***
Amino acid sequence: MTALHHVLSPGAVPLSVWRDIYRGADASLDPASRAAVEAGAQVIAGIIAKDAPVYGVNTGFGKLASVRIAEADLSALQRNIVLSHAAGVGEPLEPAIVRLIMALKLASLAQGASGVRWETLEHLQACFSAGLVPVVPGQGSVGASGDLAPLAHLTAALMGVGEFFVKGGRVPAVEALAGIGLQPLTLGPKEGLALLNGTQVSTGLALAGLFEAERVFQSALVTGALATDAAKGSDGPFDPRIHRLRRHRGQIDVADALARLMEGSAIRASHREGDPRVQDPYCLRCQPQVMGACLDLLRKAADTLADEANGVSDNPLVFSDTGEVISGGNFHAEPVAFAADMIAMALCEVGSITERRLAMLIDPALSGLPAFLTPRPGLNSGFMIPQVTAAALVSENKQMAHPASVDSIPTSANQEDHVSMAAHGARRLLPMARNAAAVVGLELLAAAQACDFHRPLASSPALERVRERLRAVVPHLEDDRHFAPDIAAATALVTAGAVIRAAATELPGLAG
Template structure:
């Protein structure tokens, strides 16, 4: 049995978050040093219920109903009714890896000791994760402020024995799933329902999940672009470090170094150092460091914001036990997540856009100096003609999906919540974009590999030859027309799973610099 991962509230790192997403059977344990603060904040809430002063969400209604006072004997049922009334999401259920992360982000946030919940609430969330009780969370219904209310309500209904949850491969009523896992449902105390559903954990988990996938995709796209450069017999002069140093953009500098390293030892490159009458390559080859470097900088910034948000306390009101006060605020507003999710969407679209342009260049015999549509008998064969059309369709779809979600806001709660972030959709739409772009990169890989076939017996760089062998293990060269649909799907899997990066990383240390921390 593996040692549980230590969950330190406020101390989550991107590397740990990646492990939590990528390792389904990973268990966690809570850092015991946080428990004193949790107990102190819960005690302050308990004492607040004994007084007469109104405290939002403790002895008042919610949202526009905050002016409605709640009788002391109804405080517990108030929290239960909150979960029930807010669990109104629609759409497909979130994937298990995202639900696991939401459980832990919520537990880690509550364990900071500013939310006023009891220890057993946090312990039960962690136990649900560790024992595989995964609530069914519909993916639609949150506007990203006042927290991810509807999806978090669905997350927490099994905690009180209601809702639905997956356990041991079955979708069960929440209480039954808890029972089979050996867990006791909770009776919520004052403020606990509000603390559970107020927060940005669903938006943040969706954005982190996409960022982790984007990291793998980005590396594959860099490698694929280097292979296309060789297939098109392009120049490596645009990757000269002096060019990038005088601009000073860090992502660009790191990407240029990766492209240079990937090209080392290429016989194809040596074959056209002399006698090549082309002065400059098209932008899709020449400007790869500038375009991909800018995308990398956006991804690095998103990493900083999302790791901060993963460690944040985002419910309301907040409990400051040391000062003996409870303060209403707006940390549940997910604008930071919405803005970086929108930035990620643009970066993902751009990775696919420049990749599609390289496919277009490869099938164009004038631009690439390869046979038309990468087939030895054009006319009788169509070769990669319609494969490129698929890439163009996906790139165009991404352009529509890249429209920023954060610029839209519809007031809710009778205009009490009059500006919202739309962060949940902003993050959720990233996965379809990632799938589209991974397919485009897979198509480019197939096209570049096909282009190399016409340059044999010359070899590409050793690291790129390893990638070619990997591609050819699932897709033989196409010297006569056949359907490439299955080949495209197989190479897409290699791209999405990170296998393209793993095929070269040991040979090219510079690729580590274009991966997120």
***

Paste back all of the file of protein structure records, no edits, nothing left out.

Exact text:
Amino acid sequence: MTALHHVLSPGAVPLSVWRDIYRGADASLDPASRAAVEAGAQVIAGIIAKDAPVYGVNTGFGKLASVRIAEADLSALQRNIVLSHAAGVGEPLEPAIVRLIMALKLASLAQGASGVRWETLEHLQACFSAGLVPVVPGQGSVGASGDLAPLAHLTAALMGVGEFFVKGGRVPAVEALAGIGLQPLTLGPKEGLALLNGTQVSTGLALAGLFEAERVFQSALVTGALATDAAKGSDGPFDPRIHRLRRHRGQIDVADALARLMEGSAIRASHREGDPRVQDPYCLRCQPQVMGACLDLLRKAADTLADEANGVSDNPLVFSDTGEVISGGNFHAEPVAFAADMIAMALCEVGSITERRLAMLIDPALSGLPAFLTPRPGLNSGFMIPQVTAAALVSENKQMAHPASVDSIPTSANQEDHVSMAAHGARRLLPMARNAAAVVGLELLAAAQACDFHRPLASSPALERVRERLRAVVPHLEDDRHFAPDIAAATALVTAGAVIRAAATELPGLAG
Template structure:
């Protein structure tokens, strides 16, 4: 049995978050040093219920109903009714890896000791994760402020024995799933329902999940672009470090170094150092460091914001036990997540856009100096003609999906919540974009590999030859027309799973610099 991962509230790192997403059977344990603060904040809430002063969400209604006072004997049922009334999401259920992360982000946030919940609430969330009780969370219904209310309500209904949850491969009523896992449902105390559903954990988990996938995709796209450069017999002069140093953009500098390293030892490159009458390559080859470097900088910034948000306390009101006060605020507003999710969407679209342009260049015999549509008998064969059309369709779809979600806001709660972030959709739409772009990169890989076939017996760089062998293990060269649909799907899997990066990383240390921390 593996040692549980230590969950330190406020101390989550991107590397740990990646492990939590990528390792389904990973268990966690809570850092015991946080428990004193949790107990102190819960005690302050308990004492607040004994007084007469109104405290939002403790002895008042919610949202526009905050002016409605709640009788002391109804405080517990108030929290239960909150979960029930807010669990109104629609759409497909979130994937298990995202639900696991939401459980832990919520537990880690509550364990900071500013939310006023009891220890057993946090312990039960962690136990649900560790024992595989995964609530069914519909993916639609949150506007990203006042927290991810509807999806978090669905997350927490099994905690009180209601809702639905997956356990041991079955979708069960929440209480039954808890029972089979050996867990006791909770009776919520004052403020606990509000603390559970107020927060940005669903938006943040969706954005982190996409960022982790984007990291793998980005590396594959860099490698694929280097292979296309060789297939098109392009120049490596645009990757000269002096060019990038005088601009000073860090992502660009790191990407240029990766492209240079990937090209080392290429016989194809040596074959056209002399006698090549082309002065400059098209932008899709020449400007790869500038375009991909800018995308990398956006991804690095998103990493900083999302790791901060993963460690944040985002419910309301907040409990400051040391000062003996409870303060209403707006940390549940997910604008930071919405803005970086929108930035990620643009970066993902751009990775696919420049990749599609390289496919277009490869099938164009004038631009690439390869046979038309990468087939030895054009006319009788169509070769990669319609494969490129698929890439163009996906790139165009991404352009529509890249429209920023954060610029839209519809007031809710009778205009009490009059500006919202739309962060949940902003993050959720990233996965379809990632799938589209991974397919485009897979198509480019197939096209570049096909282009190399016409340059044999010359070899590409050793690291790129390893990638070619990997591609050819699932897709033989196409010297006569056949359907490439299955080949495209197989190479897409290699791209999405990170296998393209793993095929070269040991040979090219510079690729580590274009991966997120």